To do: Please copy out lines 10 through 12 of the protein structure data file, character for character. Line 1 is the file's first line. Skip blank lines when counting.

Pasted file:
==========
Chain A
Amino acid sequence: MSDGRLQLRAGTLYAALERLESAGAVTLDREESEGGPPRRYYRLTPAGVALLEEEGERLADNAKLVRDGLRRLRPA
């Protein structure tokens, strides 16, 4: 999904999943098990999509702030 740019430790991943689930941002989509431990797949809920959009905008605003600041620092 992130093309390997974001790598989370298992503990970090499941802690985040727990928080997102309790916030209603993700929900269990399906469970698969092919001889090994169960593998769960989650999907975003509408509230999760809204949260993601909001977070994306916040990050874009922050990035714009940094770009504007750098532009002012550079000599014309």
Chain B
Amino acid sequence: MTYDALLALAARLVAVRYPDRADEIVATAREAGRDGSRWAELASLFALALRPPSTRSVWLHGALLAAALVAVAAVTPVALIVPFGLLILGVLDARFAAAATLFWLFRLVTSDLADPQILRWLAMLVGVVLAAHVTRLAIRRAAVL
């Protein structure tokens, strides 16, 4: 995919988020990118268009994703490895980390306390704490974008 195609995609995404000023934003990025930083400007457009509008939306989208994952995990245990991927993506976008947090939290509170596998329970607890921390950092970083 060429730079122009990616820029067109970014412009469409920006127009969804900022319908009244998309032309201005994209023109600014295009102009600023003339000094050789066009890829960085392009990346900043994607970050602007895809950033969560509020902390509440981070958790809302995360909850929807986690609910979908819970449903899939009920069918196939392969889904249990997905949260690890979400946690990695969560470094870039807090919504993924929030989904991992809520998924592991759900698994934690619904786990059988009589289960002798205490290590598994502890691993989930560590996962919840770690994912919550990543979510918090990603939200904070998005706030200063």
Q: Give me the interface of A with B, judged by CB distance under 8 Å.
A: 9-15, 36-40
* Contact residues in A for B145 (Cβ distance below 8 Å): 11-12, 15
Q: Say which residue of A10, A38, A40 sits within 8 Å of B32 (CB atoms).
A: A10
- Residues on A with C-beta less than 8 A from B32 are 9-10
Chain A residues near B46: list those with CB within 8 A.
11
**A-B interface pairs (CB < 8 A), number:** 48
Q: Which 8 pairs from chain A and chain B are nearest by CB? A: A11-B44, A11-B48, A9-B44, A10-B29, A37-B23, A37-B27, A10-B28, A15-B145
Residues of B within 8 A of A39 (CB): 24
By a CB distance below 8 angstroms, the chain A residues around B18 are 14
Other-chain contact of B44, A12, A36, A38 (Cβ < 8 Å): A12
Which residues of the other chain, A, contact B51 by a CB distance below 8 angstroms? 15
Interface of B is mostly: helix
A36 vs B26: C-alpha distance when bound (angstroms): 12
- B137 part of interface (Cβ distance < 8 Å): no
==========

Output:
Q: Say which residue of A10, A38, A40 sits within 8 Å of B32 (CB atoms).
A: A10
- Residues on A with C-beta less than 8 A from B32 are 9-10